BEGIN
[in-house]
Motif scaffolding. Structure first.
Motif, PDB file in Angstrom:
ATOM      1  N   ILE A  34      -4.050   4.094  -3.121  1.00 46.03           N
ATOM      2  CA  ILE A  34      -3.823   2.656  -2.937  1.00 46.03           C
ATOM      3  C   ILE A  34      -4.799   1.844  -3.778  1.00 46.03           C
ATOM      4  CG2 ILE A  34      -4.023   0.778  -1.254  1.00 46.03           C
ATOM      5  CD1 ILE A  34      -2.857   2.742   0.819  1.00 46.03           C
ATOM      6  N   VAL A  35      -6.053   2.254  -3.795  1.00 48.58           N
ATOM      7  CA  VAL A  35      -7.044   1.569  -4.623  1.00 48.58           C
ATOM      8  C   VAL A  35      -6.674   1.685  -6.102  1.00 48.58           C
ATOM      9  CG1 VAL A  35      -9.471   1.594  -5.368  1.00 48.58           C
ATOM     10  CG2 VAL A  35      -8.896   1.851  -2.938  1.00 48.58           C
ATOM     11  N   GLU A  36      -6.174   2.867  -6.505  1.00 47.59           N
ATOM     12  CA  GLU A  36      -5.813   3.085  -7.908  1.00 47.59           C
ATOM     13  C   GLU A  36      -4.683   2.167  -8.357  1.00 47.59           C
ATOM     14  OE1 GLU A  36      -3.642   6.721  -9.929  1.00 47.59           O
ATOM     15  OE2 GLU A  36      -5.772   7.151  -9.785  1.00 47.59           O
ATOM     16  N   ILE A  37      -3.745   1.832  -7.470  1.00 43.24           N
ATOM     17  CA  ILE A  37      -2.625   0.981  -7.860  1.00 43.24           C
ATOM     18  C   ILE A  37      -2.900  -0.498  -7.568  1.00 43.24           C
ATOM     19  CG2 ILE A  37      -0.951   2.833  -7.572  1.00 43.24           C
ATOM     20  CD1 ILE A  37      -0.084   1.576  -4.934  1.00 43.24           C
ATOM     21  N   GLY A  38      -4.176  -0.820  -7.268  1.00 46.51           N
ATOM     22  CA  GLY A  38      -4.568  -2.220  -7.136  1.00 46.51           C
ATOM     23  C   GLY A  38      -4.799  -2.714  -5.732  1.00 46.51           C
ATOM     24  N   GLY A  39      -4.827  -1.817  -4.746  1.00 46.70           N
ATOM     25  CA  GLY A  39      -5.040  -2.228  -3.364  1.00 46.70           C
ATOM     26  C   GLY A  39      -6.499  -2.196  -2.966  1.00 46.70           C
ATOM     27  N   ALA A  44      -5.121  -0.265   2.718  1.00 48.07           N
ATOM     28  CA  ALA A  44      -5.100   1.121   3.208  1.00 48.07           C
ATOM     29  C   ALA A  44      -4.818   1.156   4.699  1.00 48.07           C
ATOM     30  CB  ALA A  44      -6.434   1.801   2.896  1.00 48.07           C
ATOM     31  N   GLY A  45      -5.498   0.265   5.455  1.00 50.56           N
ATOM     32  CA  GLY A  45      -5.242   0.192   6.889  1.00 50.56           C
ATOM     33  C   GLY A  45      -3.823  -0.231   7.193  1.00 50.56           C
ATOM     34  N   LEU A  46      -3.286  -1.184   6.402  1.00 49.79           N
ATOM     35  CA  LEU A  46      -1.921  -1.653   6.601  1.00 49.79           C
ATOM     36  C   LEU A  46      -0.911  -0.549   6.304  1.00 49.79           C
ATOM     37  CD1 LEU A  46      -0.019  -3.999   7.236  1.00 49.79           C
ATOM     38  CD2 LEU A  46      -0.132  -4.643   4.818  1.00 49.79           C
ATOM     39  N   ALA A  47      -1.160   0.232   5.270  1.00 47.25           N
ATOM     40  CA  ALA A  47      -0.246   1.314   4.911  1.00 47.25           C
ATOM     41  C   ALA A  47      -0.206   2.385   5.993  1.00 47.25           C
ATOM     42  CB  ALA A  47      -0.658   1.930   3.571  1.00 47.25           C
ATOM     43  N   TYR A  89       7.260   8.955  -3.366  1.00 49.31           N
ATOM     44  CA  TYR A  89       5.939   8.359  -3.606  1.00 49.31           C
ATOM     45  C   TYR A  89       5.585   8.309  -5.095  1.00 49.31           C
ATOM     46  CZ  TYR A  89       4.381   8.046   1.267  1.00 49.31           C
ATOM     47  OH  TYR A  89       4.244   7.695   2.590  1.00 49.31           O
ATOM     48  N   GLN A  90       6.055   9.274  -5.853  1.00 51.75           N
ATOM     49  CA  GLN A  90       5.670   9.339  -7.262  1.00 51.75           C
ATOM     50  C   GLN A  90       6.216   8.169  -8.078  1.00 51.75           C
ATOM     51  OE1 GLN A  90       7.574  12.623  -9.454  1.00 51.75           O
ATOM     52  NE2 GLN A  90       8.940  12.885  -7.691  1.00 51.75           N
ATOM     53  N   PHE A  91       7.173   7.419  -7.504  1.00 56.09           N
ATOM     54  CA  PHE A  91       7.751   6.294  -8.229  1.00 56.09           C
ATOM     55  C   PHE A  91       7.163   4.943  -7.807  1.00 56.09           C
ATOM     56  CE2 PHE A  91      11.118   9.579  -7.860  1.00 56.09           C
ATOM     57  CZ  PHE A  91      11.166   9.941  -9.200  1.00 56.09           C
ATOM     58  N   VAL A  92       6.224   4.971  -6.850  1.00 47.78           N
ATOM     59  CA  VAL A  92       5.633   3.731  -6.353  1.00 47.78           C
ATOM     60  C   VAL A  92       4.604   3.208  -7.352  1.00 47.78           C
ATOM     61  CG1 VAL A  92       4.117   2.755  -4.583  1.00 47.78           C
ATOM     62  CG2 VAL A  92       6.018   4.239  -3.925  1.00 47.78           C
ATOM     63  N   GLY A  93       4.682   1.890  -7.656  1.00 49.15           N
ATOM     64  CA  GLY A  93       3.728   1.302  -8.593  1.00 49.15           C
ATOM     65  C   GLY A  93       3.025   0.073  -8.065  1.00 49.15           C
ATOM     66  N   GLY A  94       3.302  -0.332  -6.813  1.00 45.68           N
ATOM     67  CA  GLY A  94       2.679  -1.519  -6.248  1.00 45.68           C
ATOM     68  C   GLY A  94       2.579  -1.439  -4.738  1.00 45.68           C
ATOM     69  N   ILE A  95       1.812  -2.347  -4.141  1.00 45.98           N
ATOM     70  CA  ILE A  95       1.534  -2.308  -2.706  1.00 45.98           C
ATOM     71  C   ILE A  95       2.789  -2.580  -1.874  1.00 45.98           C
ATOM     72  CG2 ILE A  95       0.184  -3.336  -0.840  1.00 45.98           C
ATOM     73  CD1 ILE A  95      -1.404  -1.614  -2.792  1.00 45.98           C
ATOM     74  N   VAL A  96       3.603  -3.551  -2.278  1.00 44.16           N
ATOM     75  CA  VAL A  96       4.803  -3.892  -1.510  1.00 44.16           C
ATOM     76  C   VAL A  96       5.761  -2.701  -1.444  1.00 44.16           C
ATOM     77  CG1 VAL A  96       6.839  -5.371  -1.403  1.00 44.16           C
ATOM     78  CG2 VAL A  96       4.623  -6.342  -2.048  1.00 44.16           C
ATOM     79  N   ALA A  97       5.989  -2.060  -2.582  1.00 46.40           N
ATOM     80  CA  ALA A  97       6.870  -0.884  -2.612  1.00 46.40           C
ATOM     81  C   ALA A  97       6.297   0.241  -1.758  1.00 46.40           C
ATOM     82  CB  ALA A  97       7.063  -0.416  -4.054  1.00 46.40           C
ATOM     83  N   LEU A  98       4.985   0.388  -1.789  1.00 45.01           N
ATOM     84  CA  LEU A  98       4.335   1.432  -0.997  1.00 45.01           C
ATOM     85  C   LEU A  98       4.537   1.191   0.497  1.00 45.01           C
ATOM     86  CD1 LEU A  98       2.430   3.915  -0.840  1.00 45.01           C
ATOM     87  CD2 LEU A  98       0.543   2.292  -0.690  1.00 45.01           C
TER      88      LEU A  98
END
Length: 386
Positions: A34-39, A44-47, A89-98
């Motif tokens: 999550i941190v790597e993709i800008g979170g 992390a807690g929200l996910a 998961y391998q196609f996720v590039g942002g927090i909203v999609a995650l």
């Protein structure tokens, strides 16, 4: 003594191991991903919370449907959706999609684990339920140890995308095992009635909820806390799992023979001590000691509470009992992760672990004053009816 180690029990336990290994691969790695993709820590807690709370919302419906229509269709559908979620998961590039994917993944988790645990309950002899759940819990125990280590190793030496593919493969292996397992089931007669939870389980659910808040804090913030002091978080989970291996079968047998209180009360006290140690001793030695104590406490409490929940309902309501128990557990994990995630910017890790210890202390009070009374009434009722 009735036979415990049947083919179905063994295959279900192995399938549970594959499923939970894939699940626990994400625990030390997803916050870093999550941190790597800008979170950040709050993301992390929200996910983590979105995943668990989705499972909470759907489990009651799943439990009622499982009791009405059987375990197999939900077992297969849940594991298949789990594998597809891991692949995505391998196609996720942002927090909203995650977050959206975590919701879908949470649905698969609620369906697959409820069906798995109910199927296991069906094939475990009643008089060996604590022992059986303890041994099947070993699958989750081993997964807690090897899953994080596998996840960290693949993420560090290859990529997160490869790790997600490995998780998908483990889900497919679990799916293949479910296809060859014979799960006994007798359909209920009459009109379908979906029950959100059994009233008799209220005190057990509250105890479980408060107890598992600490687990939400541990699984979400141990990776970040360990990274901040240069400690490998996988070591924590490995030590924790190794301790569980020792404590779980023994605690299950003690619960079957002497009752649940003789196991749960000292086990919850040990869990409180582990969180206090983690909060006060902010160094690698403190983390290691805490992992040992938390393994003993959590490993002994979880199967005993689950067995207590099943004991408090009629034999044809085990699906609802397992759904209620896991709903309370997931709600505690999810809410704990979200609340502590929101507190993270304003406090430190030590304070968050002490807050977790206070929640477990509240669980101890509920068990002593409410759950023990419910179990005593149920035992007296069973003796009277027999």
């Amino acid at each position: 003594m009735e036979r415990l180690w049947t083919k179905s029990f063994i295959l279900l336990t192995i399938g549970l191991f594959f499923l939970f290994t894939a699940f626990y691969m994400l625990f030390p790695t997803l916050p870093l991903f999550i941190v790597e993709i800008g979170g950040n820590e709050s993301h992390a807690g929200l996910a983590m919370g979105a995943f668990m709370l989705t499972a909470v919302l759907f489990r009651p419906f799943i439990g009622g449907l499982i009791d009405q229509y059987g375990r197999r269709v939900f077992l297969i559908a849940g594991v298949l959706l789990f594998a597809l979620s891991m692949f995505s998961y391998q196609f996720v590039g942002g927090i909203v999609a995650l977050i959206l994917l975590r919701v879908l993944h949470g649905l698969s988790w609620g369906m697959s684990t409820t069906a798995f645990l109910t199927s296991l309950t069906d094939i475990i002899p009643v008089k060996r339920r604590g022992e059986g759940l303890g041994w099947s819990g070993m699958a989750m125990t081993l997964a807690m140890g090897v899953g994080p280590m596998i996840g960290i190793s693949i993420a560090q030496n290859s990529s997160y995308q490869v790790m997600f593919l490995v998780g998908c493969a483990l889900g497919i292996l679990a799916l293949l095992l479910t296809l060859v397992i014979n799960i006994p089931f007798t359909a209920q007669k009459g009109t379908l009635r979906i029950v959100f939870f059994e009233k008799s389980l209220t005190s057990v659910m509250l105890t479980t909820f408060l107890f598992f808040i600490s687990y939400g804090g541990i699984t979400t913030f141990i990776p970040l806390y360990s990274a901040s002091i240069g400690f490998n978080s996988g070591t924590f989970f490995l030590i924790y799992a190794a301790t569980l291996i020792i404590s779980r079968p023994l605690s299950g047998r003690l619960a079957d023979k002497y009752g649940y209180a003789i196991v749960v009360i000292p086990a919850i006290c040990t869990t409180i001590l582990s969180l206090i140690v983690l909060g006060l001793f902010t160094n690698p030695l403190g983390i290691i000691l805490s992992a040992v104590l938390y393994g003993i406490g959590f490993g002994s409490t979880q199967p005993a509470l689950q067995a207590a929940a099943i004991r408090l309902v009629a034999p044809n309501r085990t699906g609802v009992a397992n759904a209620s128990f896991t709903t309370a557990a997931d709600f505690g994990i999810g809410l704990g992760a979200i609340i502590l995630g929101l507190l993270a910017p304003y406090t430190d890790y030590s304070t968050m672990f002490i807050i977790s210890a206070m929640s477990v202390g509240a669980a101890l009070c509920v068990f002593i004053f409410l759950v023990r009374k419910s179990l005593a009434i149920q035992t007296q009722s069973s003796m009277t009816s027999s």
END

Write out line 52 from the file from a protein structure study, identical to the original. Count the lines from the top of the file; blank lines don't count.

ATOM     49  CA  GLN A  90       5.670   9.339  -7.262  1.00 51.75           C